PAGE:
Friday, March 25, 2011
Every Day is Wednesday
Before my last piece (Nautilus) was even completed, I was already working on a new piece that took a really long time to gel. Is it old age that images no longer just pop into my head? Or just proof of the fallicy of multitasking?
In any event,Wednesday was initially a real struggle--countless thumbnails in my sketchbook, on the proverbial napkin in restaurants, and even in meeting notes at the office. I had a vague concept in my head--which is not the best way to create art. I also had segments of images. I needed a human subject but didn't want to resort to another self-portrait. I wanted a new challenge but was concered about the fact that, while improving, I still don't really have completed control of the egg tempera medium down yet. That could also be a good thing.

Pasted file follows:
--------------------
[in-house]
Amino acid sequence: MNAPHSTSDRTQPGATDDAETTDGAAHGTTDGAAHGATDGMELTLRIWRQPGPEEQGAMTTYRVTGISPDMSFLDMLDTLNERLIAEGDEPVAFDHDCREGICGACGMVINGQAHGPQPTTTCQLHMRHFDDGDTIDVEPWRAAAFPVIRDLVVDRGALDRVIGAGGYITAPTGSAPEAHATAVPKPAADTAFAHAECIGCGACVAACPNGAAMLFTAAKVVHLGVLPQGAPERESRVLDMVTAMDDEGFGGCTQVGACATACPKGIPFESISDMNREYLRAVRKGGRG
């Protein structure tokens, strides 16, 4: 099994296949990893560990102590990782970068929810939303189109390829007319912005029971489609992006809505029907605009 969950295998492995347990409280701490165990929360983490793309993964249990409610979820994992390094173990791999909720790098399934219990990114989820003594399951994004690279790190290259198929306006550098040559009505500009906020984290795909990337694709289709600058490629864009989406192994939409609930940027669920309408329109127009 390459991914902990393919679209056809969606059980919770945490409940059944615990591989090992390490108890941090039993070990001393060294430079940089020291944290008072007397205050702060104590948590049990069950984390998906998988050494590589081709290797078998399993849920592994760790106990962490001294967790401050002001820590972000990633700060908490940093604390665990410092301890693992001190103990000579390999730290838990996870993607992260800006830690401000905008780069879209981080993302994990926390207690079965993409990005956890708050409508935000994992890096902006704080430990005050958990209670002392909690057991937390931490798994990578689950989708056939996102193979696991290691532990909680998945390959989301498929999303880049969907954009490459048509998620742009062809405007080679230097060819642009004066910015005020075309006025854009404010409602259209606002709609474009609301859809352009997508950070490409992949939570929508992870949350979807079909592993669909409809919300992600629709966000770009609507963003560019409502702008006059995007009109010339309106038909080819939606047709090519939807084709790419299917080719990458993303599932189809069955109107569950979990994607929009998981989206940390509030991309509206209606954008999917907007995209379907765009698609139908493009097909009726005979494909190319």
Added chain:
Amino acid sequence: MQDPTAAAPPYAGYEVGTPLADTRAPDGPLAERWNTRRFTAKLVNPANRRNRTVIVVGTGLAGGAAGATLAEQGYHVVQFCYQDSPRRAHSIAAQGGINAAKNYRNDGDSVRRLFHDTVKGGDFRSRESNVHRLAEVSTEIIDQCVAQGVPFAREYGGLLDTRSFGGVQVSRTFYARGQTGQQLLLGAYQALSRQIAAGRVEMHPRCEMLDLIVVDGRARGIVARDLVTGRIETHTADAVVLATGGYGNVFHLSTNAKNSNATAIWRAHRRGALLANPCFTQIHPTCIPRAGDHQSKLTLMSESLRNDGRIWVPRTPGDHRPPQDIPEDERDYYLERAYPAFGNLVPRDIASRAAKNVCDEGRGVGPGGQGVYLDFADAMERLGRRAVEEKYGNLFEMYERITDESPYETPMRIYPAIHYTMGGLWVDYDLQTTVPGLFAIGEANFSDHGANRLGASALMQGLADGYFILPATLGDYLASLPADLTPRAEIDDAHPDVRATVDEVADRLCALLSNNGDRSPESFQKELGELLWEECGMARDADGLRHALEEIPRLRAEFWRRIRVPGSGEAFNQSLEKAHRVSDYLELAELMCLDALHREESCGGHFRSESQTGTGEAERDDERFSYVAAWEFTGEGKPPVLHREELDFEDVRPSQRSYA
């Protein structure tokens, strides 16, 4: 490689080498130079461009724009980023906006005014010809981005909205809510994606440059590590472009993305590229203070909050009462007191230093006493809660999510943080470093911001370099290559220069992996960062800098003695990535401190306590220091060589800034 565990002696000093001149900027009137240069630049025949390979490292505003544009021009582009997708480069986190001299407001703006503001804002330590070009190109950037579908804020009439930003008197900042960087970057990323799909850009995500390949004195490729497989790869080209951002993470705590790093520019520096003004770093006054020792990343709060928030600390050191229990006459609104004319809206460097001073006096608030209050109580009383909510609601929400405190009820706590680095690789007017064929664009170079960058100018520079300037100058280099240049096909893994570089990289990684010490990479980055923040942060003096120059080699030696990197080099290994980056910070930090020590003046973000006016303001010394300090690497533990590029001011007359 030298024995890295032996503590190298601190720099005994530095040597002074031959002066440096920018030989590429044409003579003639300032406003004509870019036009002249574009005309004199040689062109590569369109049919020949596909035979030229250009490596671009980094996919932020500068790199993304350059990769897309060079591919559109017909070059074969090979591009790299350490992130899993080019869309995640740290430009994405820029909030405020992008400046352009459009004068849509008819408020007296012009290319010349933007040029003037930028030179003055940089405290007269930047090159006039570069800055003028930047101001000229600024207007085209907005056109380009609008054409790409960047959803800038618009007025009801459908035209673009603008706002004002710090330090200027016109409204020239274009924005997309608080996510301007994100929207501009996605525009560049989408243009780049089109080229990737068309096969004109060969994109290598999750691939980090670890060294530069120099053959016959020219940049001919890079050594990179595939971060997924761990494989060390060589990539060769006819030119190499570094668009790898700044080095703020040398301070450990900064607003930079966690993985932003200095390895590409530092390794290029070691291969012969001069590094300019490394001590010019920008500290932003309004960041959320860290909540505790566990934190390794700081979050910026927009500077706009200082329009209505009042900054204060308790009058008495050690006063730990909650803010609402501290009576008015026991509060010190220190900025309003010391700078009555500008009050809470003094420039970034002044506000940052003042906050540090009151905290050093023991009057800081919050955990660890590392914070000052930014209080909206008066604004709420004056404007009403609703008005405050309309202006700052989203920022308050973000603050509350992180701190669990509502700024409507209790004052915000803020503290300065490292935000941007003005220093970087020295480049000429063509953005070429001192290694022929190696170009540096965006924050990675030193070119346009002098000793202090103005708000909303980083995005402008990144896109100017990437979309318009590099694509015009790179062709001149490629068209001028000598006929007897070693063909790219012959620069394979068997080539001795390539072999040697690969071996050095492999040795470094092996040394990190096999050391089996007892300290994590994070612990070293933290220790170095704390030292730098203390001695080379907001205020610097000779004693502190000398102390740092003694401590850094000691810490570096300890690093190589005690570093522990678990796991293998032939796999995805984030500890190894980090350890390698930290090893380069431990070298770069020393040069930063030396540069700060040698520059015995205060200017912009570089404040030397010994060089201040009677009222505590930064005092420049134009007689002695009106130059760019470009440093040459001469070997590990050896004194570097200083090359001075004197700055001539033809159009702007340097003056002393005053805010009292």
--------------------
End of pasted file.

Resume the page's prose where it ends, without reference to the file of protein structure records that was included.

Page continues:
Then, in a blinding flash it dawned on me--why not ask my neice to pose. We had a great time doing a photo shoot. In a happy accident, her new kitten, Lucy, wandered onto our set and added another dimension. Here you can see a prelimary study and the final drawing in a near completed state.
Wedesday is about sequence, seriality, and the passage of time--as well as notions of obscuring and revealing images needed to advance the narrative as well as to explore more fully the process of working in egg tempera. In this medium you build a painting from many veils of color and paint--sometimes obscuring and sometimes revealing. This work is both a metaphor and a demonstration of that process. Time will tell how successful that will be. I was brought back to the need to work in a "multiple" format while executing my piece, A Meditation on the Stations of the Cross, completed in 2008. Then I saw the Chuck Close printmaking retrospective in DC last summer and this need was cemented in my brain.
This is the largest piece I have attempted in this medium and to keep from going insane will be incorporating techniques learned from Koo Schadler (check out her site at www.kooschadler.com) as well as suggestions gleaned from Robert Vickrey's book, New Techniques in Egg Tempera. Stay tuned.